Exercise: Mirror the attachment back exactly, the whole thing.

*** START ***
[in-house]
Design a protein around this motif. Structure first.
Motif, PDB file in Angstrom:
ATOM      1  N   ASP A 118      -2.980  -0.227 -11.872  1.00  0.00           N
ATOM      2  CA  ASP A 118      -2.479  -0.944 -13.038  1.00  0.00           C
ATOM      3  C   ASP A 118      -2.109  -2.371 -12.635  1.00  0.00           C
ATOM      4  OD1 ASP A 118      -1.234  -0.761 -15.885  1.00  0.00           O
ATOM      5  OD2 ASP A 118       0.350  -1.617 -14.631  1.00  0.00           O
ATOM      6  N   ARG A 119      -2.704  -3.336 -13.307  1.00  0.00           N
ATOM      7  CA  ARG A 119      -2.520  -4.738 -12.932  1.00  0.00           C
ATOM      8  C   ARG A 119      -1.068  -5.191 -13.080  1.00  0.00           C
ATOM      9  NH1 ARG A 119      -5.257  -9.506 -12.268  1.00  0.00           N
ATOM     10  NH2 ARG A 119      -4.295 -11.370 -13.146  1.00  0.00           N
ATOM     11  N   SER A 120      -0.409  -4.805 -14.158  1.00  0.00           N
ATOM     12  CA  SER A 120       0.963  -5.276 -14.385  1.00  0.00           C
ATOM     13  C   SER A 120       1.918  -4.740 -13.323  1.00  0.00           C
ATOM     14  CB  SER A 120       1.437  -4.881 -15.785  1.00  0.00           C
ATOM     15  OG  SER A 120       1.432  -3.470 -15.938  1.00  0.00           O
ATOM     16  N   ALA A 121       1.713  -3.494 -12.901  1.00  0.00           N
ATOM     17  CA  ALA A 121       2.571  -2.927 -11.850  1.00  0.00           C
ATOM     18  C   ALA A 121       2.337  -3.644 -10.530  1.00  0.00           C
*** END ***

[in-house]
Design a protein around this motif. Structure first.
Motif, PDB file in Angstrom:
ATOM      1  N   ASP A 118      -2.980  -0.227 -11.872  1.00  0.00           N
ATOM      2  CA  ASP A 118      -2.479  -0.944 -13.038  1.00  0.00           C
ATOM      3  C   ASP A 118      -2.109  -2.371 -12.635  1.00  0.00           C
ATOM      4  OD1 ASP A 118      -1.234  -0.761 -15.885  1.00  0.00           O
ATOM      5  OD2 ASP A 118       0.350  -1.617 -14.631  1.00  0.00           O
ATOM      6  N   ARG A 119      -2.704  -3.336 -13.307  1.00  0.00           N
ATOM      7  CA  ARG A 119      -2.520  -4.738 -12.932  1.00  0.00           C
ATOM      8  C   ARG A 119      -1.068  -5.191 -13.080  1.00  0.00           C
ATOM      9  NH1 ARG A 119      -5.257  -9.506 -12.268  1.00  0.00           N
ATOM     10  NH2 ARG A 119      -4.295 -11.370 -13.146  1.00  0.00           N
ATOM     11  N   SER A 120      -0.409  -4.805 -14.158  1.00  0.00           N
ATOM     12  CA  SER A 120       0.963  -5.276 -14.385  1.00  0.00           C
ATOM     13  C   SER A 120       1.918  -4.740 -13.323  1.00  0.00           C
ATOM     14  CB  SER A 120       1.437  -4.881 -15.785  1.00  0.00           C
ATOM     15  OG  SER A 120       1.432  -3.470 -15.938  1.00  0.00           O
ATOM     16  N   ALA A 121       1.713  -3.494 -12.901  1.00  0.00           N
ATOM     17  CA  ALA A 121       2.571  -2.927 -11.850  1.00  0.00           C
ATOM     18  C   ALA A 121       2.337  -3.644 -10.530  1.00  0.00           C